Amid a tragic train accident in Odisha that has claimed more than 288 lives and left more than 1,000 passengers injured, travelers are now battling with exuberant airfares. Airfares for frequented routes including from Delhi, Hyderabad, and Kolkata among others to Bhubaneshwar have shot up by at least 2x to 5x. This comes even as the Civil Aviation Ministry has asked airlines to monitor airfares.
On Saturday, MoCA had issued an advisory to airlines to monitor any abnormal surge in airfares to and from Bhubaneswar.
Despite this, a quick search for a flight on Tuesday between Delhi-Bhubaneshwar showed airfares ranging from ₹23,000 to ₹26,000. According to historical airfare data. The least expensive flights for similar trips to Bhubaneswar usually cost between ₹4,800–7,800. For the same date, a flight from Lucknow would cost travelers an average of ₹16,700. The least expensive flights for similar trips to Bhubaneswar usually cost between ₹4,200–6,900.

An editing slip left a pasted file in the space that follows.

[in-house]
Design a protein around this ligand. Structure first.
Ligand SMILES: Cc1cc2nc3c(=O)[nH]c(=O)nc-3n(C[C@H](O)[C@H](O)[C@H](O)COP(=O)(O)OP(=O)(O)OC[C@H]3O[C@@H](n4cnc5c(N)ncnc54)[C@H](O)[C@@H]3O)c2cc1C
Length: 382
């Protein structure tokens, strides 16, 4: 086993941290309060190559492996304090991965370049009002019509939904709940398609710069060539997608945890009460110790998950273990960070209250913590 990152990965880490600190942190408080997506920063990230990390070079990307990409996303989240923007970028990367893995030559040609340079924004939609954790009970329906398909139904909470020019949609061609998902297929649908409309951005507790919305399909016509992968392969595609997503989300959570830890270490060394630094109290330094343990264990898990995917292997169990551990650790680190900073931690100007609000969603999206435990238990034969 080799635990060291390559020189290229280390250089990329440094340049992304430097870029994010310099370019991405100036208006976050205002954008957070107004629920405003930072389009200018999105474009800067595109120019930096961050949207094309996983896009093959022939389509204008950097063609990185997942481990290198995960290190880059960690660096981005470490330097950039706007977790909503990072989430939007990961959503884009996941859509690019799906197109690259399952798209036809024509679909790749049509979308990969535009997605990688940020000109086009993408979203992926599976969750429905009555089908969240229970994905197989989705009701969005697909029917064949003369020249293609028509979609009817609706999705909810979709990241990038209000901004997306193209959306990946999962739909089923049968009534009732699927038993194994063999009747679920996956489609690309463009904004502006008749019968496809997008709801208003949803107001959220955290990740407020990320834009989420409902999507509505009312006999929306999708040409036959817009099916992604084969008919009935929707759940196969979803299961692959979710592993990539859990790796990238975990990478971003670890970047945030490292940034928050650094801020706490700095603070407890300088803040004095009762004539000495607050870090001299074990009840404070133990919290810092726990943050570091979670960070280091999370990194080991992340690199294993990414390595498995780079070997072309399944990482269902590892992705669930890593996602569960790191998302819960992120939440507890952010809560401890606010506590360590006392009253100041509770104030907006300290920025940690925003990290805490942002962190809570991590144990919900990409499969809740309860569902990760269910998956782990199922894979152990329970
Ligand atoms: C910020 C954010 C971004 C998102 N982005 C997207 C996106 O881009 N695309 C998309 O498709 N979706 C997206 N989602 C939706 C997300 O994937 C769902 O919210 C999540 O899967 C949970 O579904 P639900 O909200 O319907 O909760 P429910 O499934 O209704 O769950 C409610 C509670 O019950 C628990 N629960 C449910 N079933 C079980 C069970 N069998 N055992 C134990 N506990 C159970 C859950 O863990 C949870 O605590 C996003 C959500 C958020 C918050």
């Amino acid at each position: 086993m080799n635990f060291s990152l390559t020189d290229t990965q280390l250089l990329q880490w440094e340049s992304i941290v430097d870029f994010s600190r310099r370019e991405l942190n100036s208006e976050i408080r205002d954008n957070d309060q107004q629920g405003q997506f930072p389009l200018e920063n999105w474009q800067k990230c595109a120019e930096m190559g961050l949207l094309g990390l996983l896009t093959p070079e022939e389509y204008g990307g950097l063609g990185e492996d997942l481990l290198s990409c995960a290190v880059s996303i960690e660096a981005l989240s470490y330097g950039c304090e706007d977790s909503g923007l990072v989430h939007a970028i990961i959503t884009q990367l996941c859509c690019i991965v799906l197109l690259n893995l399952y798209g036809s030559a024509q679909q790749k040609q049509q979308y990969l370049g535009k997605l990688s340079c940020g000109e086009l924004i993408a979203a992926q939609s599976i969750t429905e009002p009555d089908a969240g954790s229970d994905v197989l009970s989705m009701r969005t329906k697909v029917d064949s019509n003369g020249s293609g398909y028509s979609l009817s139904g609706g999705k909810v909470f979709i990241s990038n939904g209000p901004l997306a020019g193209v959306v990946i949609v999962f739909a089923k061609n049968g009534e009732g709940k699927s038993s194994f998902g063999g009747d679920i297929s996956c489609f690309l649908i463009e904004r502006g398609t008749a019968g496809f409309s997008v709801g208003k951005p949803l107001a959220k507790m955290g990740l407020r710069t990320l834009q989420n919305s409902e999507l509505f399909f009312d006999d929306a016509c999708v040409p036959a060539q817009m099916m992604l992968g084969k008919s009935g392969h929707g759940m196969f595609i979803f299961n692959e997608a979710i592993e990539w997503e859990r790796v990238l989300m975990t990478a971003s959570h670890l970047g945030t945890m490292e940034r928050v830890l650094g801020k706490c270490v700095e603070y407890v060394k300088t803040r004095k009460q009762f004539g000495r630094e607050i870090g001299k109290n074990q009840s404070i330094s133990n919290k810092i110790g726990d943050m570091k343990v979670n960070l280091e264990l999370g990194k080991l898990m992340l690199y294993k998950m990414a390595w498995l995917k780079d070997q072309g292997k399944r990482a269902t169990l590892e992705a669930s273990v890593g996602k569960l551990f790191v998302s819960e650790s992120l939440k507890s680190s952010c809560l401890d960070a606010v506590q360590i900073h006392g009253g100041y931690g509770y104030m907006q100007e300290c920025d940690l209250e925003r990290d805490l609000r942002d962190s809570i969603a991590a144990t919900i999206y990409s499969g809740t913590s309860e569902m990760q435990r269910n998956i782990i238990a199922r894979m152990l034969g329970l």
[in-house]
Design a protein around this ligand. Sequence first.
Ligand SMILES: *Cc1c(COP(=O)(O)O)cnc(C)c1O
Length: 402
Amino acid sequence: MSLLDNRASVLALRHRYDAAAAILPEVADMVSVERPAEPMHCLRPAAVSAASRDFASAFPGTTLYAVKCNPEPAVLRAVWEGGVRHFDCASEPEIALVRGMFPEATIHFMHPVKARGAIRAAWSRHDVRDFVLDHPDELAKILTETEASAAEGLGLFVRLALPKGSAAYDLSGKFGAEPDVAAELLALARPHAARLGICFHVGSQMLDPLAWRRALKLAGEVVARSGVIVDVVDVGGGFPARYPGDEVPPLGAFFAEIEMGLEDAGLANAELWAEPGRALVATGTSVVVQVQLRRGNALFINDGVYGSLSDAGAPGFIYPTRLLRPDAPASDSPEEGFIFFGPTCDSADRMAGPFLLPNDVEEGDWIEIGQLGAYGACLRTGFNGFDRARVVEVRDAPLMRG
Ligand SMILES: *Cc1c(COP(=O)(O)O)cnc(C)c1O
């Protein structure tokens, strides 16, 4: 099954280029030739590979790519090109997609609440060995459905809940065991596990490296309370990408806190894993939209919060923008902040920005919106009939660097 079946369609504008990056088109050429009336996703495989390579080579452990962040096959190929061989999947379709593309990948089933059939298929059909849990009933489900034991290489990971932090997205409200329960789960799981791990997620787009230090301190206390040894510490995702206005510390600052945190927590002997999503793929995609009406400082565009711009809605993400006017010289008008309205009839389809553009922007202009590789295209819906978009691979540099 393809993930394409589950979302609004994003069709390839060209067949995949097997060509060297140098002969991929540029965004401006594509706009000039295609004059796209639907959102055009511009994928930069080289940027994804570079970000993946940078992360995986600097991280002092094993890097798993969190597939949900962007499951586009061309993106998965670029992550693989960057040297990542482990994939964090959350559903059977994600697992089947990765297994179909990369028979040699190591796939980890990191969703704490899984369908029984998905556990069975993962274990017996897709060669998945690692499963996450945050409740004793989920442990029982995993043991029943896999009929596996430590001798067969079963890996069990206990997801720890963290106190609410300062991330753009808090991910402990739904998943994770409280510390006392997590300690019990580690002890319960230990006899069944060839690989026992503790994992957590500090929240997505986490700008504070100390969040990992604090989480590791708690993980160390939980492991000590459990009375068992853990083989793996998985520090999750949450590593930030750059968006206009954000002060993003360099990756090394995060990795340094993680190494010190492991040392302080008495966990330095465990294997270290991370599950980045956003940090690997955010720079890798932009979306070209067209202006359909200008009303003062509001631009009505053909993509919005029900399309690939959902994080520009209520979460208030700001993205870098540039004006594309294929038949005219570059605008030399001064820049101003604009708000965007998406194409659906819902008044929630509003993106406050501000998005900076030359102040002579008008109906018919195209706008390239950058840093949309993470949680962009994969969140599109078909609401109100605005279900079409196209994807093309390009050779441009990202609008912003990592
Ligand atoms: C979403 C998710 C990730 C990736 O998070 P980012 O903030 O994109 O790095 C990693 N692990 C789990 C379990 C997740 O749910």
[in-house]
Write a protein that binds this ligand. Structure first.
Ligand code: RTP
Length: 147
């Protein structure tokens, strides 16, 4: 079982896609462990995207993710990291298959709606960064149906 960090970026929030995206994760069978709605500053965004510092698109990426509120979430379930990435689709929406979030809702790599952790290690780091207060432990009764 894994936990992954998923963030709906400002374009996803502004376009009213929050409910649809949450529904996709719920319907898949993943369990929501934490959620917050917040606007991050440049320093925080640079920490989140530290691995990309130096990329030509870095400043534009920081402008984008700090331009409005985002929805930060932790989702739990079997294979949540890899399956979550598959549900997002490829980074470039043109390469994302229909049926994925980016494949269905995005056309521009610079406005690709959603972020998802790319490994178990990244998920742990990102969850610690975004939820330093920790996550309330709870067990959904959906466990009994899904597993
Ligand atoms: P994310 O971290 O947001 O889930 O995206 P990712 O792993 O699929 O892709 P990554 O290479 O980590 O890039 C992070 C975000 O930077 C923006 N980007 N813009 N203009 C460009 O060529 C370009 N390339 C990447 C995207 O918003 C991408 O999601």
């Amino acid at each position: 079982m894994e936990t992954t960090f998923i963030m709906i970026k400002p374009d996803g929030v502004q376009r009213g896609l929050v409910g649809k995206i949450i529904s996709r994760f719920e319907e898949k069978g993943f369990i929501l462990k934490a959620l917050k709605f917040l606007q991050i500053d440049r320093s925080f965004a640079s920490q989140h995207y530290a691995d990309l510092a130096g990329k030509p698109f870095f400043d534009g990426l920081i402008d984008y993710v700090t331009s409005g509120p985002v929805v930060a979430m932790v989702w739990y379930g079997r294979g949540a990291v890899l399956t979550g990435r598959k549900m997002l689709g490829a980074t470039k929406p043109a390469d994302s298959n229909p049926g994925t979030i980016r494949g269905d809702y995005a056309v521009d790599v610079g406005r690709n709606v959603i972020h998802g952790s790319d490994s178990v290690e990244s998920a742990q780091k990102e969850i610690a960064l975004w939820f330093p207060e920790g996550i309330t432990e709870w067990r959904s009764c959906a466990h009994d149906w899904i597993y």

Similarly, flights between Kolkata and Odisha have zoomed to anywhere between ₹8,000 to ₹11,600. The cheapest flights for similar trips to Bhubaneswar usually cost between ₹3,650–5,300.
On the other hand, prices for flights from Mumbai and Pune remain typical.
On Monday, Jyotiraditya Scindia, Minister of Civil Aviation, during a meeting with the Airlines Advisory Group, addressed the issue of airfares. He expressed concern about recent reports of unusually high surge pricing on specific air routes.
“Airlines must self-monitor airfares on certain select routes that have seen considerable surge pricing of late, particularly those that were earlier being serviced by Go First - a mechanism for ensuring reasonable pricing within the high RBDs (Reservation Booking Designator) may be devised by airlines. This shall be monitored by the DGCA,” he said.
Adding that especially during any calamity, airlines must keep a tight check on the pricing of airfares in view of the “humanitarian situation and monitor and control any surge in ticket prices to/from that region.”
He further urged and advised the airlines that in case of the unfortunate Odisha tragedy, “to provide free carriage (cargo) services to the families of the deceased.”